My question is for the Deputy Prime Minister. Can the government assure us that sustainable, affordable and fair will not mean less money in the pockets of seniors?

Topic:   Oral Question Period
Subtopic:   Pensions
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LIB

Barry Campbell

Liberal

Mr. Barry Campbell (Parliamentary Secretary to Minister of Finance, Lib.)

Mr. Speaker, I thank the hon. member for the question.

We have just begun a process of consultations with respect to the Canada pension plan. We await with great interest the observations, ideas and suggestions of Canadians on how to ensure the sustainability of the plan.

The goal of the exercise is a sustainable program that will be there for Canadians, not taking something out of the pockets of Canadians.

Topic:   Oral Question Period
Subtopic:   Pensions
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REF

John Williams

Reform

Mr. John Williams (St. Albert, Ref.)

Mr. Speaker, it is interesting to note that the government is going to wait for the outcome of these consultations. That is not leadership.

Today the Montreal Gazette quotes the member for Winnipeg North Centre, who is the government's point man for the CPP road show. In the article the member says that the government is committed to protecting the fundamental part of Canada's overall pension system. What does protection mean? Pay more and get less or some other painful remedy?

My question is for the Deputy Prime Minister. What guarantee does the government give seniors that it will maintain the standard of living for seniors?

Topic:   Oral Question Period
Subtopic:   Pensions
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LIB

Barry Campbell

Liberal

Mr. Barry Campbell (Parliamentary Secretary to Minister of Finance, Lib.)

Mr. Speaker, on one hand the member decries the consultations, suggesting that it is not leadership. That is precisely the kind of leadership Canadians want. They want to be heard. They want a government that listens to their suggestions. That is what we will do in the context of the CPP consultations.

Topic:   Oral Question Period
Subtopic:   Pensions
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BQ

Paul Mercier

Bloc Québécois

Mr. Paul Mercier (Blainville-Deux-Montagnes, BQ)

Mr. Speaker, my question is for the Prime Minister.

Over a week ago, the management of the Kenworth plant in Sainte-Thérèse announced its plans to shut down operations at the truck manufacturing facility. Since then, all stakeholders have been actively seeking to prevent this plant from closing and to save the 850 jobs at stake.

Could the Prime Minister tell this House what steps he intends to take to save these 850 jobs?

Topic:   Oral Question Period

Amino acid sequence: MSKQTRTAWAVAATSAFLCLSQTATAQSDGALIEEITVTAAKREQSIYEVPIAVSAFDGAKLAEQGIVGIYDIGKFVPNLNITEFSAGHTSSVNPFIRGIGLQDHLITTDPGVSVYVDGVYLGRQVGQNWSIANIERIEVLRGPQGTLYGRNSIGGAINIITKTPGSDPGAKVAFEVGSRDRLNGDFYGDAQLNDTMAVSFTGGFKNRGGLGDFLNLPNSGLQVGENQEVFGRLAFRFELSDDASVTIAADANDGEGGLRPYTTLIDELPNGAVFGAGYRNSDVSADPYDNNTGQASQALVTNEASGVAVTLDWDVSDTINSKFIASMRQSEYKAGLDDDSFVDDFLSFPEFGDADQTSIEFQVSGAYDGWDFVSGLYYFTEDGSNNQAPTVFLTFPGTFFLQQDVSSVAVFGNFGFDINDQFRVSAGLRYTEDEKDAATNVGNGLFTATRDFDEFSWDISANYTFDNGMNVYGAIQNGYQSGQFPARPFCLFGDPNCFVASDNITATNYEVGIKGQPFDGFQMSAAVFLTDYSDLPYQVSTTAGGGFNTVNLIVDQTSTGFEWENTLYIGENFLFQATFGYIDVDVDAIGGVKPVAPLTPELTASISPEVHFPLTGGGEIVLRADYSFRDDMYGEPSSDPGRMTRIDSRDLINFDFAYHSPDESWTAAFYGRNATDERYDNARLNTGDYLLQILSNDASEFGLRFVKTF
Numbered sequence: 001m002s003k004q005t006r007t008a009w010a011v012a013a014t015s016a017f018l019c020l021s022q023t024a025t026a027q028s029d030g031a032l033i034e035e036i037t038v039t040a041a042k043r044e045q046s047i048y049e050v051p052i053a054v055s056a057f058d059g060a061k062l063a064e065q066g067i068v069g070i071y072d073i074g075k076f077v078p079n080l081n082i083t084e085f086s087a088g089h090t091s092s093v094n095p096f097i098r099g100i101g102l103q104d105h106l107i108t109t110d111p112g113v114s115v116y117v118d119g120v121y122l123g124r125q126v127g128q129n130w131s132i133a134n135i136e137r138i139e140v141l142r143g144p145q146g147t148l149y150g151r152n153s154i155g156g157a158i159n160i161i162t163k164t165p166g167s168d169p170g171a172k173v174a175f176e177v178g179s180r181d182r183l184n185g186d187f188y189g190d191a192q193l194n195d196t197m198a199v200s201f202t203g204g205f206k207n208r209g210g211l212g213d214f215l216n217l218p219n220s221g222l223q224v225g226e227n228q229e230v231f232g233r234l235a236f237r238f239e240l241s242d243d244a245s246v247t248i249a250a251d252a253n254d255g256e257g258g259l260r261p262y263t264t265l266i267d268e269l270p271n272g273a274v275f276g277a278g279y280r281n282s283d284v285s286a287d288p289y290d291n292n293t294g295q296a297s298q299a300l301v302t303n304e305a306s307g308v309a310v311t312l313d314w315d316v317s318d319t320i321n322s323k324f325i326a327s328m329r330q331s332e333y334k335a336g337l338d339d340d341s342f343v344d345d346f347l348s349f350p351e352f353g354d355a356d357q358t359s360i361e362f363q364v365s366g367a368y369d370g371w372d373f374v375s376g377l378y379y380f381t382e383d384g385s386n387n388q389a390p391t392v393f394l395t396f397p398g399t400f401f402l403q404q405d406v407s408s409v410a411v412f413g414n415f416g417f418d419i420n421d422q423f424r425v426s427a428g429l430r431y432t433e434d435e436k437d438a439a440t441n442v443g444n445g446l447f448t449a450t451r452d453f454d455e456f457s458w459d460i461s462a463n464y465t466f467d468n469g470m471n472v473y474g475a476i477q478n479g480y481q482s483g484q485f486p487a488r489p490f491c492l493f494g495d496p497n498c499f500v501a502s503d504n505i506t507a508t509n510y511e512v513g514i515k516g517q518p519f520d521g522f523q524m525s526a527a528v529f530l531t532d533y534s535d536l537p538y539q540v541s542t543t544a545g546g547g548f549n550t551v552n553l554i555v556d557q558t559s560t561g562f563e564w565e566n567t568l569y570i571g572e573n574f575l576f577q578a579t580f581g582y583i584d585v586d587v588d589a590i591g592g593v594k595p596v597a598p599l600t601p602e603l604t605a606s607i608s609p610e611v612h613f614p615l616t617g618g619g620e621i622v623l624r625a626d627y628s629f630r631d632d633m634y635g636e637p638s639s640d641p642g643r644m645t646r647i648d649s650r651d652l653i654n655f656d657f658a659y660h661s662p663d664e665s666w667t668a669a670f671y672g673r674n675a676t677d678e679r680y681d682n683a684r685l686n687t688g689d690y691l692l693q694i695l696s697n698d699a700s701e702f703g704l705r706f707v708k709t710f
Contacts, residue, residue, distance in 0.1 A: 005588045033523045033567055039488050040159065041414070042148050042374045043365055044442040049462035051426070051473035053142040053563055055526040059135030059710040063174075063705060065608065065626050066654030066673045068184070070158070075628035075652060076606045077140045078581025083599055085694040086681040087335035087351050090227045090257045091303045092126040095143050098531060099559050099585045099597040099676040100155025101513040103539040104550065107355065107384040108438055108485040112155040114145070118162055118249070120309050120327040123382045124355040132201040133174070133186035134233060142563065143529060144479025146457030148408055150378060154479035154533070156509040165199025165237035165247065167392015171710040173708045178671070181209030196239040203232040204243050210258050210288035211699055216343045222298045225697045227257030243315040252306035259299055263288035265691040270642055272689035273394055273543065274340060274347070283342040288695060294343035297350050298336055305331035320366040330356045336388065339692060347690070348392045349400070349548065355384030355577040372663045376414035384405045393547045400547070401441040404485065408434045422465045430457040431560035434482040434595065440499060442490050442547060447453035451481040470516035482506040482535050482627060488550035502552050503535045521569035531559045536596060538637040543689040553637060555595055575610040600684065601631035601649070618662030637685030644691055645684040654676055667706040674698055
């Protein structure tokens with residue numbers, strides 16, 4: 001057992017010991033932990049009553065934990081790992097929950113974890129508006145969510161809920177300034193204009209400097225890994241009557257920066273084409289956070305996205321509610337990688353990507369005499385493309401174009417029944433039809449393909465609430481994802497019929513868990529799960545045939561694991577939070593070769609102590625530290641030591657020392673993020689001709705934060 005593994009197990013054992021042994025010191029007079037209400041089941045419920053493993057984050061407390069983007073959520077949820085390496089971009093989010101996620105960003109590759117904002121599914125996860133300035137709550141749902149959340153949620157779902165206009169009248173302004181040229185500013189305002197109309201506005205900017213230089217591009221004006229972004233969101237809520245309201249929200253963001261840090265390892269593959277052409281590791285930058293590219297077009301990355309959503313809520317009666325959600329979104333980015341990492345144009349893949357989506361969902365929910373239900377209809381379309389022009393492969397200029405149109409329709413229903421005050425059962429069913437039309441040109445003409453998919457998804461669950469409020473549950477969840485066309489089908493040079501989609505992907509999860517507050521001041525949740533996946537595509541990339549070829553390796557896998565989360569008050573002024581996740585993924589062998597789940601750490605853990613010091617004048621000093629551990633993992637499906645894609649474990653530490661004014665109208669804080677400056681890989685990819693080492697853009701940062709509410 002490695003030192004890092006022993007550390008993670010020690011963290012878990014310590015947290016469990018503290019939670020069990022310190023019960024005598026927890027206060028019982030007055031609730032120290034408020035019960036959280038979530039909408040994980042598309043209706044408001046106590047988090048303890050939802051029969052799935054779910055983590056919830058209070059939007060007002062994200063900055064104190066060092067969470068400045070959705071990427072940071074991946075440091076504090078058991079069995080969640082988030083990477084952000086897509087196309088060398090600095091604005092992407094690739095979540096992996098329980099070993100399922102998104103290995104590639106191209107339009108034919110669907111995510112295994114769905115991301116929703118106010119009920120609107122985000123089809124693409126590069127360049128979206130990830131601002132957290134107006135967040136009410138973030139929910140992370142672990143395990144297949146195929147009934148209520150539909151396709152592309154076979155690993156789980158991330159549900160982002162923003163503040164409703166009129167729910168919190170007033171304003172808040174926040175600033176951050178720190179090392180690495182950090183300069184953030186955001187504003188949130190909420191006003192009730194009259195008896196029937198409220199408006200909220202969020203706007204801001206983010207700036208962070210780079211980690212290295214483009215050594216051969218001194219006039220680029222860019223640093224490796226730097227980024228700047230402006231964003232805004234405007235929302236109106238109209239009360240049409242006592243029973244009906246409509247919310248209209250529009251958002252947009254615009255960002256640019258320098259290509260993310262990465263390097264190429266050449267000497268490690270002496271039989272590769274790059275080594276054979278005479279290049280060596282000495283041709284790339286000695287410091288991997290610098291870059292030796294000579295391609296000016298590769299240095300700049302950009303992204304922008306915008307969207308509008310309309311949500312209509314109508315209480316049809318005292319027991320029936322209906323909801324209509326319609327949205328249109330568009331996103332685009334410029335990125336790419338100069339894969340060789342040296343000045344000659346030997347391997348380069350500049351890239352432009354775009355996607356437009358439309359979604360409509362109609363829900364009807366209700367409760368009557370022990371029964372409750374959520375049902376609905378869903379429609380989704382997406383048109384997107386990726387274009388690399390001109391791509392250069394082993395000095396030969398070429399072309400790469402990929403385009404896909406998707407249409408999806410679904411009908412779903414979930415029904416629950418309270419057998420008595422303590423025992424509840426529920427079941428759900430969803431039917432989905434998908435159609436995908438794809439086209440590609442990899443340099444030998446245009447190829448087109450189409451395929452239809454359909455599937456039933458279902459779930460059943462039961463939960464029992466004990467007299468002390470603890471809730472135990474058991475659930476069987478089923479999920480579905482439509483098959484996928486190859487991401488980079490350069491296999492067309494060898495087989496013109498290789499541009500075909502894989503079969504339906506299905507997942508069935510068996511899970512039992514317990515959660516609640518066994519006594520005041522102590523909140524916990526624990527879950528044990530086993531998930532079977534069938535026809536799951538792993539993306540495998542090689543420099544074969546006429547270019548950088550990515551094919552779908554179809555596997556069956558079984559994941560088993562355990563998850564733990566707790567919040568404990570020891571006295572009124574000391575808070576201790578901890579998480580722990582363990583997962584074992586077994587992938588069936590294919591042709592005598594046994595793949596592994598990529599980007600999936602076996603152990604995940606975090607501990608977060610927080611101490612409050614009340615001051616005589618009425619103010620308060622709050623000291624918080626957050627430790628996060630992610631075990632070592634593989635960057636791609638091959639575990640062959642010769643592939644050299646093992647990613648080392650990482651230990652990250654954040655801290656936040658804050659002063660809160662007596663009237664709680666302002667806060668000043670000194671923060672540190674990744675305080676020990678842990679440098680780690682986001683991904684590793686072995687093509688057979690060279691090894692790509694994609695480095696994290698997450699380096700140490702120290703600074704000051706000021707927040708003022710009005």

Subtopic:   Kenworth Plant In Sainte-Thérèse
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LIB

Martin Cauchon

Liberal

Hon. Martin Cauchon (Secretary of State (Federal Office of Regional Development-Quebec), Lib.)

Mr. Speaker, you will understand that the government is extremely concerned about the announcement made by PACCAR. A substantial number of jobs are at stake, and my hon. friend across the way should know that the Canadian government has been involved in this matter from the very beginning, after PACCAR made its decision known. The Government of Quebec got involved and we immediately got on board; we were represented by my colleague, the Minister of Labour, who met with the president of the FTQ and also with his provincial counterpart.

We have been in contact; members of my staff got in touch with the minister responsible for the province of Quebec.

Last Saturday, my colleague, the Minister of Labour, and myself sat down with representatives of the union at the Sainte-Thérèse plant. I must say that, as matters stand, we will consult with each other. We will examine the matter on its merit and come back to the House with the Canadian government's position on this matter.

Topic:   Oral Question Period
Subtopic:   Kenworth Plant In Sainte-Thérèse
Permalink
BQ

Paul Mercier

Bloc Québécois

Mr. Paul Mercier (Blainville-Deux-Montagnes, BQ)

Here is my supplementary, Mr. Speaker: Last Friday, the Government of Quebec made a proposal to PACCAR, Kenworth's parent company, in an attempt to prevent the closure of the Kenworth plant.

Since the Minister of Labour has announced that the federal government will get involved in this matter, could the Prime Minister undertake to support the proposal the Quebec government made to PACCAR to save the Kenworth plant in Sainte-Thérèse?

Topic:   Oral Question Period
Subtopic:   Kenworth Plant In Sainte-Thérèse
Permalink

April 15, 1996